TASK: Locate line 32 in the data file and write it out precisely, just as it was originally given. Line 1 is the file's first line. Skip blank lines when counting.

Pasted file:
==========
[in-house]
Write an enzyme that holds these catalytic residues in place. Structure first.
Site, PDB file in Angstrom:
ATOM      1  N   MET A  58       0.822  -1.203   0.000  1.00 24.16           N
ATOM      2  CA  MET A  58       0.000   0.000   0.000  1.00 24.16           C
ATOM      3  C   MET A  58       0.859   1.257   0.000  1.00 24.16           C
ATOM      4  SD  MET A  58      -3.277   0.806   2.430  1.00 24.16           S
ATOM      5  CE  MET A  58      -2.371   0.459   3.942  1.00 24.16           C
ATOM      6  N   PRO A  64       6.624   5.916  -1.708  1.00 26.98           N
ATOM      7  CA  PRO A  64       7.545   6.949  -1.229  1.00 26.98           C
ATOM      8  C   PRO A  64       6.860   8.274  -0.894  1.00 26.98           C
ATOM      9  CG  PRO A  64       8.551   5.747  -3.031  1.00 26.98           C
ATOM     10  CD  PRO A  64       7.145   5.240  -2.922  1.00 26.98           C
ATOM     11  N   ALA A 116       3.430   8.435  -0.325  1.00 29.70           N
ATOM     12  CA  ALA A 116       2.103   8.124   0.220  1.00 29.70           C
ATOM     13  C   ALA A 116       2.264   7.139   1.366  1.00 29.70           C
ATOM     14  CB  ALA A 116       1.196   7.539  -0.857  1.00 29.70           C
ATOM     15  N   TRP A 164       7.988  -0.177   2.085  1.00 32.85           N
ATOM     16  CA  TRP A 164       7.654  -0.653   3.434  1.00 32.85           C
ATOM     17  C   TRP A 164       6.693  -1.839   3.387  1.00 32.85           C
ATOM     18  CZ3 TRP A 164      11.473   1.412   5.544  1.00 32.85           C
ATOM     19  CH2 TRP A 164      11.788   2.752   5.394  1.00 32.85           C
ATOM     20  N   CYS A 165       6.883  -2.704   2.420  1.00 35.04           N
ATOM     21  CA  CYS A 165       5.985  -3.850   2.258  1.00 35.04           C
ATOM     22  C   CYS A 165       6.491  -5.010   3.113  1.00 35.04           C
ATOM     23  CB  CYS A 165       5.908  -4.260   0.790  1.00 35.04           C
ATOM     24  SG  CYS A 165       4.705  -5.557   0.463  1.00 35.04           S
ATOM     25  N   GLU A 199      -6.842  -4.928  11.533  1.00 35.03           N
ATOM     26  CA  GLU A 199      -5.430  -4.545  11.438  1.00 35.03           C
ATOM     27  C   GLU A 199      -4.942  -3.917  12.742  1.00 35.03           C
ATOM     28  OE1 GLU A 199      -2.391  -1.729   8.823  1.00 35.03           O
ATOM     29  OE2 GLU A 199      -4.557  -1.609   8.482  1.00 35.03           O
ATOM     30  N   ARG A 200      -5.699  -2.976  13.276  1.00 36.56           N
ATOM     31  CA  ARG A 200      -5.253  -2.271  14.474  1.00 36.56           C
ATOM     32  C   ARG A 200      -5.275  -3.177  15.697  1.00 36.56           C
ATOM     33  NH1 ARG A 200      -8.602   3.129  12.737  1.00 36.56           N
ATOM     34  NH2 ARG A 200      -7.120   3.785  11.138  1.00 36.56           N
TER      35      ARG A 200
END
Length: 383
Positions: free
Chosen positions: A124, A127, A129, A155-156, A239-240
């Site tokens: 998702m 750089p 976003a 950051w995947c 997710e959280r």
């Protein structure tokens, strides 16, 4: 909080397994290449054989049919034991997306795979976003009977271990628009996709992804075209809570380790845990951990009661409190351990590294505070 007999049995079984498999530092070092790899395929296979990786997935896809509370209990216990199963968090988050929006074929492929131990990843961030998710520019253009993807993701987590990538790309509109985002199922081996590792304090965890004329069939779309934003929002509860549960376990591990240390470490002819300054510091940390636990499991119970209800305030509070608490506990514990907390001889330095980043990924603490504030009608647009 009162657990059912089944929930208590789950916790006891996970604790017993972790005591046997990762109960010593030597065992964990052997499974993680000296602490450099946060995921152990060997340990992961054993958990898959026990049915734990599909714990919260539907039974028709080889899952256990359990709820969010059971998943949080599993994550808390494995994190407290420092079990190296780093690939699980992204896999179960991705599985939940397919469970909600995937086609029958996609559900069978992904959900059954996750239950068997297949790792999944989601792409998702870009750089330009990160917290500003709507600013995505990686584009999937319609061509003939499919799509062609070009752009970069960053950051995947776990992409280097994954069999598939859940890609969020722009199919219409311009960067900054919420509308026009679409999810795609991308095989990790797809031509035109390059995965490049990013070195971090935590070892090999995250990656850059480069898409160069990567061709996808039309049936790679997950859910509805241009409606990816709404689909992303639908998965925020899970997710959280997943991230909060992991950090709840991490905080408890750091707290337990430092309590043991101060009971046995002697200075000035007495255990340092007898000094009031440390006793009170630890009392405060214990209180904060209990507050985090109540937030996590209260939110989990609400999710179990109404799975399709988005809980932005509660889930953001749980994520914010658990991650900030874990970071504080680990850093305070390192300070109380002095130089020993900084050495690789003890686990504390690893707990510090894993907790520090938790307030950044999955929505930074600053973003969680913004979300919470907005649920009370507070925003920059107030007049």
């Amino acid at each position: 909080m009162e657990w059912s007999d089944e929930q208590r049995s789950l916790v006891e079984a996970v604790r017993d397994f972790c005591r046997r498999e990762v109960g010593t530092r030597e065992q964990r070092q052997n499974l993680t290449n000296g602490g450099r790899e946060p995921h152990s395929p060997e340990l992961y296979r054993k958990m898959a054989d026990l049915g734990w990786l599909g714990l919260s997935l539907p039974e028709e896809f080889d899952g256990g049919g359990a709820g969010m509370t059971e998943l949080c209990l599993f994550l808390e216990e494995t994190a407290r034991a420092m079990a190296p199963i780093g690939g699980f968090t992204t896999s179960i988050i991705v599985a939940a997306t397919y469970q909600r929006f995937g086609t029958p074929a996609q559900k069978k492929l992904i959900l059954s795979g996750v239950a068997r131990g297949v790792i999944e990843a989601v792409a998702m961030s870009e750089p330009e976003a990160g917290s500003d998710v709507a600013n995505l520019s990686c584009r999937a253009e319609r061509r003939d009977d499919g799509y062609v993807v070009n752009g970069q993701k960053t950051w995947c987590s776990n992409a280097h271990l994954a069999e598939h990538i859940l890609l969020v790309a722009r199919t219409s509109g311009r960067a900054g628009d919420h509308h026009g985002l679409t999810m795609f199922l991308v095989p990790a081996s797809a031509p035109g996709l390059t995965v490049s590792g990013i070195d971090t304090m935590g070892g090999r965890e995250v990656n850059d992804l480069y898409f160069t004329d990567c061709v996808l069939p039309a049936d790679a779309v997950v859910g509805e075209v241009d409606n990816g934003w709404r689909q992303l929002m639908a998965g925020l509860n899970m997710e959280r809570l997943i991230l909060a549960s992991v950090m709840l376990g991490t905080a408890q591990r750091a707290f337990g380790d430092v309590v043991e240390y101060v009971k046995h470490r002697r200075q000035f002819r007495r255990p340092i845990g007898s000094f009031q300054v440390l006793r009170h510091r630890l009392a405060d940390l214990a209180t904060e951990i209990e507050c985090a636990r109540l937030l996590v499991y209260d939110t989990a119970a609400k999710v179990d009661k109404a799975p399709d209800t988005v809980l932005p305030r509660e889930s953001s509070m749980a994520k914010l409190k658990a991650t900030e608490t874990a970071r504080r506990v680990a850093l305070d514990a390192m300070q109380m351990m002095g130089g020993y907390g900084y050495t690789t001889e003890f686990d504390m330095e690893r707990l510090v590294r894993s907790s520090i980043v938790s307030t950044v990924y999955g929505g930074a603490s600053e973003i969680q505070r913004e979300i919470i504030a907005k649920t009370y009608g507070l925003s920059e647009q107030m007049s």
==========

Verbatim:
ATOM     29  OE2 GLU A 199      -4.557  -1.609   8.482  1.00 35.03           O